When it came time to start designing their characters, the students had to think about things like age, gender and size.  But this year they thought more carefully about naming their character, and about where their character would live based on the special abilities they wanted the character to have.  One student even said, “I think my character would be better friends with Paul Bunyan than Davy Crockett because he’s a hard worker — not a bragger”. 

Sometimes it’s hard to remember we have to slow down and really set the scene for young readers.  When we do, the outcomes are often head and shoulders above what have come before.

The post Favorite Bits appeared first on ALSC Blog.

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4. Gratuitous information (#librarylife)

Humor me by reading this, and I’ll return the favor.  :)

A few weeks ago, I was lamenting the fact that I hadn’t seen a favorite patron in months – a chatty, precocious boy who, since a very young age, had been allowed by his mother to come alone to the library and read whatever he wished.  He would request every book in a nonfiction series about baseball, basketball, football, or whatever struck his fancy.  Never shy about seeking assistance, he once came to me inquiring why we did not have a book about the Seattle Seahawks (we’re in NJ).  I explained that unless the team has superstar players or has won the Super Bowl, there aren’t always current books available about them.  The day after the Seahawks won their only Super Bowl, he came in to place his hold.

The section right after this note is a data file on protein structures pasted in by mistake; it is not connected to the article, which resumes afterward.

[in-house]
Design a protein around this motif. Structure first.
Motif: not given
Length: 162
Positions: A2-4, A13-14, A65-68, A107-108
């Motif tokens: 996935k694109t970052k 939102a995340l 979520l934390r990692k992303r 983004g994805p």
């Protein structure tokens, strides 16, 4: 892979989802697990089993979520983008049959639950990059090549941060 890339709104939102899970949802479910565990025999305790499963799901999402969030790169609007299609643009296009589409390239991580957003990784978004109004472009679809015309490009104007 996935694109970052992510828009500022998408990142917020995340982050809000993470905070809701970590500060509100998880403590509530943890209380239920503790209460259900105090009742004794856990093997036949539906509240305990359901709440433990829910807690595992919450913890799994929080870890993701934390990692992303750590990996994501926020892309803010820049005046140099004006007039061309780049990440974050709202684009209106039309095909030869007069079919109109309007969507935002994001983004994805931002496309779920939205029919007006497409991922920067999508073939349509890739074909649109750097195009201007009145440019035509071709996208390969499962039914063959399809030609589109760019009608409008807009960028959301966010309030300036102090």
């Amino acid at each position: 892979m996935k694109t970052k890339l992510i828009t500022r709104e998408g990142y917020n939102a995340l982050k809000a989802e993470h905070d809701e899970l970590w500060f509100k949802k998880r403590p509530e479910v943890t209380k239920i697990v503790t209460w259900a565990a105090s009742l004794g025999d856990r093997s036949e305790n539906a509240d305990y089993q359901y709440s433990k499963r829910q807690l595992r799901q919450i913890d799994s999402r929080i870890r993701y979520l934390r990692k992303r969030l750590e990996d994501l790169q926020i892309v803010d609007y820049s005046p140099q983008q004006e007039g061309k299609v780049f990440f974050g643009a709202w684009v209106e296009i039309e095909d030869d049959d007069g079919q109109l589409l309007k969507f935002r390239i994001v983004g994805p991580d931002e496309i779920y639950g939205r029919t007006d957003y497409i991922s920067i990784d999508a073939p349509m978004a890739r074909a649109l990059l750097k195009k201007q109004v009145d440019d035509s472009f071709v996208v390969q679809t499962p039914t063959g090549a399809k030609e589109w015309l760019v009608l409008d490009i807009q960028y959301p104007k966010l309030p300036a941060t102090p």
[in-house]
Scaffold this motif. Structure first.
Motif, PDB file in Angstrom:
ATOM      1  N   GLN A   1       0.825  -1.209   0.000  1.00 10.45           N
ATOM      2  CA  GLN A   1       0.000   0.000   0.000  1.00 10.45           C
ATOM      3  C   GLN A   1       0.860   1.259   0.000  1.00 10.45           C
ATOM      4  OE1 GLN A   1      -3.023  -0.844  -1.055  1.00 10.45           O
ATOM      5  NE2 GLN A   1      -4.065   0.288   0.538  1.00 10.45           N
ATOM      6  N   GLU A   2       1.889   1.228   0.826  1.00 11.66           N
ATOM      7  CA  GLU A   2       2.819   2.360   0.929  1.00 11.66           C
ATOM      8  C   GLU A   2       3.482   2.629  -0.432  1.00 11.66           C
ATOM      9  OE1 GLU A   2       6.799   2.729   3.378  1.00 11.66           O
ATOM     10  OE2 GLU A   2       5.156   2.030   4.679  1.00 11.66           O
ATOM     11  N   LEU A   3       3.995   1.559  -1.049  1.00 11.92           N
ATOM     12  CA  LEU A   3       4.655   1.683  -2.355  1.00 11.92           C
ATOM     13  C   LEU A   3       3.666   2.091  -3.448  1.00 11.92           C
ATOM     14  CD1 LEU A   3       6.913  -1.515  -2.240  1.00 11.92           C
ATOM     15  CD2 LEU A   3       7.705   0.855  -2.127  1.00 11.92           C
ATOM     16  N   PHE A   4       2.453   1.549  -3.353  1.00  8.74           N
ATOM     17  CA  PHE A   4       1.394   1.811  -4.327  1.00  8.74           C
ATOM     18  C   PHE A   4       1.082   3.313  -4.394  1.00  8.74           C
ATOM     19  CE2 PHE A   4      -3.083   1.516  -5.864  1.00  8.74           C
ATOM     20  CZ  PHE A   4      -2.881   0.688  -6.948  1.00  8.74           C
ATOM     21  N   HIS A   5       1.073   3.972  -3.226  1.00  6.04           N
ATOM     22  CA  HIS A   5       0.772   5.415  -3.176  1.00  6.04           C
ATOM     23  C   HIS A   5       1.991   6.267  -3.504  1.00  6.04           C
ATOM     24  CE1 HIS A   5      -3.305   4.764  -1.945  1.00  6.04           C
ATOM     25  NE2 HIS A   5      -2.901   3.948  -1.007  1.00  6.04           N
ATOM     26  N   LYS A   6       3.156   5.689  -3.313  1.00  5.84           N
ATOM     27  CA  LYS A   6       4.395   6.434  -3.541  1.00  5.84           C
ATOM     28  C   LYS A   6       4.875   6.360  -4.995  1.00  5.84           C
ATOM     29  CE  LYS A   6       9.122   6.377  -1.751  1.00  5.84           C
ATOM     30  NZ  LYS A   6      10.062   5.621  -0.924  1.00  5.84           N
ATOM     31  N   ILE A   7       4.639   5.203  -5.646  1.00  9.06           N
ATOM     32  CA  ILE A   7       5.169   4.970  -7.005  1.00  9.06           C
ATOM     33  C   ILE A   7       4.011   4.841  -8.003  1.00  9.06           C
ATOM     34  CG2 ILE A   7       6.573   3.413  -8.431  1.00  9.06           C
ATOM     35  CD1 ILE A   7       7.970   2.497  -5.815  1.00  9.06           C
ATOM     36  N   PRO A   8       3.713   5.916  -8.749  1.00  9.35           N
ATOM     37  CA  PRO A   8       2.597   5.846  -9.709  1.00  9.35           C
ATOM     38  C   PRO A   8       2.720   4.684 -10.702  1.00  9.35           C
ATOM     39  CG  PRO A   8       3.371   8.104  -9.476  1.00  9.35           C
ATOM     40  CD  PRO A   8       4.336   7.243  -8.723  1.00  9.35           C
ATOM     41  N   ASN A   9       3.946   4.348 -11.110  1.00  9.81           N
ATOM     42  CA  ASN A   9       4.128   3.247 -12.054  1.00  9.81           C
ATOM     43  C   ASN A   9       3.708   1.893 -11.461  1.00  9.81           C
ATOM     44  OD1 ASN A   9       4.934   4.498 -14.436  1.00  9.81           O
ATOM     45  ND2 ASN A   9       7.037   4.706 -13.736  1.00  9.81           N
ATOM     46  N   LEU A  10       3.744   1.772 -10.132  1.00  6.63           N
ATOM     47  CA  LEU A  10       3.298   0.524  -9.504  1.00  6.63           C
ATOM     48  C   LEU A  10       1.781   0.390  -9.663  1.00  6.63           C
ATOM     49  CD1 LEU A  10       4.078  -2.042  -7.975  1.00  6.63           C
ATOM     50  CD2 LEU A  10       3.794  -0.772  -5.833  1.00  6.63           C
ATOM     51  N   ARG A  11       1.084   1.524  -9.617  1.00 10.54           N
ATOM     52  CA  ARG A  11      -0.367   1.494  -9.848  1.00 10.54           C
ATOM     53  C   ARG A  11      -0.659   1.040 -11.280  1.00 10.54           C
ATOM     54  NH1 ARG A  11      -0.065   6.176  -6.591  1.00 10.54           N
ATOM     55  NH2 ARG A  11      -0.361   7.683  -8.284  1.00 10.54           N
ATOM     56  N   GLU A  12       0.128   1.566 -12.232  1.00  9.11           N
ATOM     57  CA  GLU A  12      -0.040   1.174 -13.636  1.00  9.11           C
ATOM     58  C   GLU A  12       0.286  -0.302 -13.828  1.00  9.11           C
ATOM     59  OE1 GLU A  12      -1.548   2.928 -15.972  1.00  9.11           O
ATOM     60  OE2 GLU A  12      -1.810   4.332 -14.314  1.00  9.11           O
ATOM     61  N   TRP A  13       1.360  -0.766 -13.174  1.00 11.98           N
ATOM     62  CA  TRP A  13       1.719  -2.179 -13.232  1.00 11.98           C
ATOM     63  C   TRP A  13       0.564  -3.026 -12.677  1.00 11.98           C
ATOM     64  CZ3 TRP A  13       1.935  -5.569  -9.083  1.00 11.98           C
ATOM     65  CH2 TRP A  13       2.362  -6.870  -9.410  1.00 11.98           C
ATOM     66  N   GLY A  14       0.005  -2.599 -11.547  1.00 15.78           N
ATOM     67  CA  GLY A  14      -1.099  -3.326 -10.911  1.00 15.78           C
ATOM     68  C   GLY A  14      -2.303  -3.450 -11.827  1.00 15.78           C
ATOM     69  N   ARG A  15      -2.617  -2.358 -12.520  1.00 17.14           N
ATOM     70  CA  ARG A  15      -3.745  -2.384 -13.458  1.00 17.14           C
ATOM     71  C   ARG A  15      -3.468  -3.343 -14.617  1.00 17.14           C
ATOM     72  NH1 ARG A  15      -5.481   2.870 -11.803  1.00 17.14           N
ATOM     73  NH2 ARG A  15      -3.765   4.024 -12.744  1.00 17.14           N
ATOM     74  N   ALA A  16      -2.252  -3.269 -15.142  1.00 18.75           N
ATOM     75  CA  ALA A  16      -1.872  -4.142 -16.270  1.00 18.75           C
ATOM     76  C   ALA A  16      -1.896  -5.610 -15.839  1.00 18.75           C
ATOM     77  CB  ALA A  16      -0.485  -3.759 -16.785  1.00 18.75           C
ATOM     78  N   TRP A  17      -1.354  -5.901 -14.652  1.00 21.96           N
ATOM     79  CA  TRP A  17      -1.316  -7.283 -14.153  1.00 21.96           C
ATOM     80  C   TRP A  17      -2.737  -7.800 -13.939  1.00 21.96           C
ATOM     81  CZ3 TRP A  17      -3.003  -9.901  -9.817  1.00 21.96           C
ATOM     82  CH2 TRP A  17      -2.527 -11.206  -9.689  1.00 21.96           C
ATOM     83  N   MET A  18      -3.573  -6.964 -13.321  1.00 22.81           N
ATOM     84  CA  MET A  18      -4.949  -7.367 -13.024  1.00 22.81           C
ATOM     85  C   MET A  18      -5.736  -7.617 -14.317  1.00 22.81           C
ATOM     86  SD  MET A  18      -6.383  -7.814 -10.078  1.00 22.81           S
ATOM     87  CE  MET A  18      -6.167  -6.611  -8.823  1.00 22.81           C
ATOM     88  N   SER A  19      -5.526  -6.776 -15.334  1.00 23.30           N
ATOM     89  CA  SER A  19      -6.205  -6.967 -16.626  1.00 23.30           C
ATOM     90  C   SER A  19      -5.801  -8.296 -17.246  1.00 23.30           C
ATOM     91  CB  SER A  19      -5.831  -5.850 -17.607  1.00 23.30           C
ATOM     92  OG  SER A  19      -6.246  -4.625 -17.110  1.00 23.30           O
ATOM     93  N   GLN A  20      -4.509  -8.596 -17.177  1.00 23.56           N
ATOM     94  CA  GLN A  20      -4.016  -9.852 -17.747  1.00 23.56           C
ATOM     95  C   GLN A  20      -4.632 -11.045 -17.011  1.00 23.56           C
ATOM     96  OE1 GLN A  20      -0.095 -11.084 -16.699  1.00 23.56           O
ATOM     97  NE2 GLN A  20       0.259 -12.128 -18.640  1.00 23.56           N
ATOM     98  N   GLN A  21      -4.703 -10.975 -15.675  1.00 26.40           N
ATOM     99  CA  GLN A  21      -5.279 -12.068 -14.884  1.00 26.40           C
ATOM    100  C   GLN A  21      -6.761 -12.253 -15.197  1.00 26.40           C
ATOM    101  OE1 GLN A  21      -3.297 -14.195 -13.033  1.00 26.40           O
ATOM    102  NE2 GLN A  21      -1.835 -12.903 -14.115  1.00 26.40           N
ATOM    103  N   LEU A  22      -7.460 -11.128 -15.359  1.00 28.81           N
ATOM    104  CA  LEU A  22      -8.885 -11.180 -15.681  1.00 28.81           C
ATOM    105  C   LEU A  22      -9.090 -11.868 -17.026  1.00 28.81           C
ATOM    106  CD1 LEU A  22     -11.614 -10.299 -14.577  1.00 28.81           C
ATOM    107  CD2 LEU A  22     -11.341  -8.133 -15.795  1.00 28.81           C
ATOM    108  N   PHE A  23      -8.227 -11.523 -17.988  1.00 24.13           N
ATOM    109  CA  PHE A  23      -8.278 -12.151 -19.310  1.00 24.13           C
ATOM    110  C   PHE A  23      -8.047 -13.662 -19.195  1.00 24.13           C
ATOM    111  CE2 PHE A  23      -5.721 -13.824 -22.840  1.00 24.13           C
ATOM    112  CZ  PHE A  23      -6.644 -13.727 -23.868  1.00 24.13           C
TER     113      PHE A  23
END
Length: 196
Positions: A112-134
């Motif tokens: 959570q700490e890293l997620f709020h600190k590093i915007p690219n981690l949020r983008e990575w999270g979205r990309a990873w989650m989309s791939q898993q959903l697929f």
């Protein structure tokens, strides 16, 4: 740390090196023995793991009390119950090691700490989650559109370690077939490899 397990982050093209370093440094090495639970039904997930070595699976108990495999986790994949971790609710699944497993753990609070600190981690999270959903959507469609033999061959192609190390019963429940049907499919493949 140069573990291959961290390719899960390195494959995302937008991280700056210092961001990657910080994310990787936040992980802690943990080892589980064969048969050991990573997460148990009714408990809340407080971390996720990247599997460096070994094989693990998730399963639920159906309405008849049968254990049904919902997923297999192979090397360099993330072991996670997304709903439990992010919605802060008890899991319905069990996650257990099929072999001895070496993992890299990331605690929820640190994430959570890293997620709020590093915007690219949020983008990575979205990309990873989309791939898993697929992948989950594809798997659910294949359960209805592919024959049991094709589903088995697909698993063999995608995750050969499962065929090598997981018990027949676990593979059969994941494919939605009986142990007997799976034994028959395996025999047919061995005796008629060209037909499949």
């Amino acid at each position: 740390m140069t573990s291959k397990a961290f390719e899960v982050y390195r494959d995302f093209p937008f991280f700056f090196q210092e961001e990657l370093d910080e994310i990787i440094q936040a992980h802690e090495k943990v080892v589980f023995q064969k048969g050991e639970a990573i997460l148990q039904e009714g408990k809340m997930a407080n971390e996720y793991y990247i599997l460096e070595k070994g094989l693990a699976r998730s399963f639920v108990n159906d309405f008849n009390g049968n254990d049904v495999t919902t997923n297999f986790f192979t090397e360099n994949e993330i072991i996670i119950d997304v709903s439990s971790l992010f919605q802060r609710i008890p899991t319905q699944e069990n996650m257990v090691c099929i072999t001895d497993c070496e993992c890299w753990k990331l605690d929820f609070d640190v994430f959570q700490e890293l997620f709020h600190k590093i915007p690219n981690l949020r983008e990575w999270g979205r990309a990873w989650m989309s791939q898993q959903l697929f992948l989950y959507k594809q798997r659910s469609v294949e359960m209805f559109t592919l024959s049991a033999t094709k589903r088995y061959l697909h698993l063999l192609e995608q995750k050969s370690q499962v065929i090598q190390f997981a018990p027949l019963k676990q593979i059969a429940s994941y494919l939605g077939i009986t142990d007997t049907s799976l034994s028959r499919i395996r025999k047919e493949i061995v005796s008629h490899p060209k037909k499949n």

In any case, I was thrilled when he popped in on a quiet Thursday night.  With his mother’s usual trust, he was carrying her driver’s license for identification.  He needed to print some items for homework. We had a nice little chat.  I told him that I’d missed him and how nice it was to see him. I asked about school.

When his homework was finished, he came to the reference desk to pay for his prints.  The cost was eighty cents.  He gave me a dollar and I gave him his change, commenting that I hoped to see him again soon.  He distractedly began scanning the surface of the reference desk.  “What do you need?” I said. “Tape? Paper clip? Stapler?”

“No, ” he replied, still clutching his two dimes. “Where’s the tip jar?”







Image credit:

By Tomwsulcer (Own work) [CC0], via Wikimedia Commons


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Share your Slice today with the Two Writing Teachers community. Just do it.

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6. It’s Tuesday! Write. Share. Give. #TWTBlog

It's Tuesday! Write. Share. Give.

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It's Tuesday! Write, Share, Give.

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8. WRITE. SHARE. GIVE. SOL Tuesday on #TWTBlog

It's Tuesday! Join us!

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WRITE a slice of life story on your own blog. SHARE a link to your post in the comments section. GIVE comments to at least three other SOLS bloggers.

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Jane Kenyon, on writing: Be a good steward of your gifts. Protect your time. Feed your inner life. Avoid too much noise. Read good books, have good sentences in your ears. Be by… Continue reading

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It’s Tuesday, let’s write! WRITE a slice of life story on your own blog. SHARE a link to your post in the comments section. GIVE comments to at least three other SOLS bloggers.